I auditioned roommates on Craigslist and the safest bet was Steve, a UCLA Law Student from Korea. He and I got along well enough until he told me he lost $50,000 gambling and would have to move out. I didn’t understand.
“If you had $50k how come we never had a toaster?”
He left with the garbage can which incidentally was the only time he took out the trash.
Ryan, a buddy from Pittsburgh I hadn’t seen since high school, moved from Alabama to replace Steve. That first day I sat on the balcony with Ryan reminiscing about our days playing soccer at Allderdice, telling him how he would love the neighborhood and the carne asada burritos at Benitos right across the street.
He didn’t care that Stacey, my girlfriend would stay over most nights. I cared more than him. He didn’t have to share half the bed with her. When Stacey wasn’t around Ryan and I would walk to “Benny’s” for a burrito or play Madden games that resulted in me going to sleep a loser. Once Ryan let a girl he was dating borrow his favorite sweatpants. When they stopped dating three weeks later she posted pictures on Facebook wearing the sweats. The stress of life at 340 Hayworth was letting these girls get into our pants.
When Ryan told me Ben, who in third grade karate kicked me at my neighbor Matt Glunt’s house, was moving to LA, I was both excited and ready to defend myself. The three of us moved up the street to a duplex just north of Melrose, above three girls in their late 20’s. Stacey and I broke up shortly after the move and Pippin, Ben’s pittbull/boxer mix, became our favorite female confidante who Ryan and I tried stealing away from Ben unsuccessfully nearly every night.
Life was simple in the neighborhood. I drove two miles to work at Jewish Big Brothers Big Sisters, roughhoused with Pippin and met new OkCupid dates at the Snake Pit. Ryan and I transitioned from Madden to NCAA Football making bets like the loser has to walk to the gas station to get the winner a Diet Mountain Dew or in my case, sour cherries. Ben gave me karate lessons in our backroom.
“For this move you have to be comfortable with your sexuality,” he said as he sat on top of me holding my wrists.
“I ‘m comfortable with my sexuality, but this seems funny. And it’s not helping that you’re wearing a purple belt.”
We barbecued on the weekends and spent most nights together in the living room watching sports or HBO but still lived independently. For Ryan that meant skating down to Fairfax to chill with the homies at the Hundreds. When Ben wasn’t editing videos in his room, he drove to Karate practice and I discovered Melgard, a beer pub on Melrose and Gardner that would become the destination for my monthly comedy night.
When we moved in to the place Denise, the Realtor, wanted to make sure we didn’t play any loud instruments. Ryan didn’t tell Denise his drum set would occupy the corner of our living room.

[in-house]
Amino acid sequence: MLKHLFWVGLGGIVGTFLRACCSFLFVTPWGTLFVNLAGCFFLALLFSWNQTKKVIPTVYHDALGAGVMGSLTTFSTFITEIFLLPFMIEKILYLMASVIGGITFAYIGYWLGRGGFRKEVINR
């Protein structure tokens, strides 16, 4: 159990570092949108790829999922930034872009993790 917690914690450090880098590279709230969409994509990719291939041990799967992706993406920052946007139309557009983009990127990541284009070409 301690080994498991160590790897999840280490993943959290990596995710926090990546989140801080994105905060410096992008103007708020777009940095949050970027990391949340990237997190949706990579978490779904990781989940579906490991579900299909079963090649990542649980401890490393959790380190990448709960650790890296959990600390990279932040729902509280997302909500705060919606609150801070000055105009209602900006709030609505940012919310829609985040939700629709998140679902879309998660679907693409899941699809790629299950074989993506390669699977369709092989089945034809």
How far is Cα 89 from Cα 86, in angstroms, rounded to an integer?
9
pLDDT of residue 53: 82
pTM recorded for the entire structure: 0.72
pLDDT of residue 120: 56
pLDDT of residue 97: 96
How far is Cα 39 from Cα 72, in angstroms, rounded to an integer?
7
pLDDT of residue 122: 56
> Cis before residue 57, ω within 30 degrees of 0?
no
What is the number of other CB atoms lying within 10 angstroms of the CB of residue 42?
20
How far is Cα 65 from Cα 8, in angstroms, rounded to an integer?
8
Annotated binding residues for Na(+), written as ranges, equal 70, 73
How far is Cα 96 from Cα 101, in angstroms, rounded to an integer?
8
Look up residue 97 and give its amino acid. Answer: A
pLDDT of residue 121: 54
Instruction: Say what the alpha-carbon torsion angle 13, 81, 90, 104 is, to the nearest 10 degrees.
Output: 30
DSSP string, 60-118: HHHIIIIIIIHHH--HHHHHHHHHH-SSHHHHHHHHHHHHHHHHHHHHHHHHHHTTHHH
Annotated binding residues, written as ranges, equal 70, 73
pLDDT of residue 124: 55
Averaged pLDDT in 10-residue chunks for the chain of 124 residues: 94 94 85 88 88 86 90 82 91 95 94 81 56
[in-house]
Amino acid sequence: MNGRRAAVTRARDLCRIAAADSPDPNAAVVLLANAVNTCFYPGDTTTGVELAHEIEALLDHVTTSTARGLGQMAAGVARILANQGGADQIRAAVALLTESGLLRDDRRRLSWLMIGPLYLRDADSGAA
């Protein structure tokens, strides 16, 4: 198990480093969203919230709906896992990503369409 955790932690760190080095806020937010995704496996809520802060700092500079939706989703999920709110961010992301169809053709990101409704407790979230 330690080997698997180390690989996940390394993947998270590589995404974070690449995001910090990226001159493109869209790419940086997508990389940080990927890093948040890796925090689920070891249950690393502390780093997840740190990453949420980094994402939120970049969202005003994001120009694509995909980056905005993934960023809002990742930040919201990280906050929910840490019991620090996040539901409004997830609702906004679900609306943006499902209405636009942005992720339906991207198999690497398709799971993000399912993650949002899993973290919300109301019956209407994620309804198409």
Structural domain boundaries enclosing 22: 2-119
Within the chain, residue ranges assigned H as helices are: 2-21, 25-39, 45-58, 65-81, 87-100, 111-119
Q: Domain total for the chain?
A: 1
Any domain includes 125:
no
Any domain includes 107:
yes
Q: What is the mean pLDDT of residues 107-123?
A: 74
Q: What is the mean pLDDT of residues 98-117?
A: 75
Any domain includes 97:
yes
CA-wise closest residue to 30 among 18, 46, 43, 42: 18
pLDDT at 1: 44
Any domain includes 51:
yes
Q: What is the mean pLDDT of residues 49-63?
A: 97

Instead he simply said, “I play the flute.”
I left the room to stop myself from laughing.
“You should hear him play. He’s one of the best.”
Then Ben tried convincing Denise that Pippin was a friendly dog and not a killer pittbull like she thought.
“She’s only half pitt.”
“She doesn’t even talk to that side of the family,” I added.
Thankfully Ryan never once played the drums and Pippin didn’t destroy the house, but we stopped caring about the condition of our house, the same place where plants went to die. Dishes piled up so high in the sink I began sneaking handfuls of plastic utensils weekly from my office to avoid the responsibility of putting the dishes in the dishwasher. That’s the only reason I wore cargo pants to the office. We became negligent to the point that even after buying the services of a cleaning lady on Living Social we still haven’t made the call.
You get to a point when you realize you don’t have to live this way. It’s not just the condition of our house, but the commute to my job at Goldstar in Pasadena that no longer makes sense. Beginning the first of the new year, I’m going to leave the neighborhood to move to my own place. I am sad to leave and hope I will not be forgotten. Maybe the girls at the gas station will miss the guy who buys $1 lottery tickets and Diet Mountain Dew. Ryan and Ben will either find someone to replace me or move elsewhere. If they choose to stay I hope their next roommate makes his living as a dishwasher.
Now I search Craigslist for one bedroom apartments, and visit Walk Score to see the walk-ability of my new neighborhood. My mom wants me to live in a Jewish neighborhood, but there is no Jew Score to tell me how many Jews live in my neighborhood. I’m not basing my apartment search on whether or not I can have Sunday conversations with Sam, the butcher. Though if I live near other Jews maybe I’ll find a Jewish girl from Michigan’s Upper Penninsula with whom I imagine frequenting the Silverlake Farmers Market on Sundays and one day settling into a quaint two bedroom on an Eagle Rock hillside. For now I’m more focused on secured parking and on site laundry. I have yet to find an apartment on Craigslist that comes with a Jewish girlfriend. I still haven’t checked West Side Rentals (too expensive).
I’m planning to move to Pasadena where no one knows me. I think about my upcoming anonymity when I run at night passing for sale signs on empty storefronts on Melrose from my favorite LA Realtor, Houmin Mahboubi. Maybe Houmin will have more luck listing on the East Side?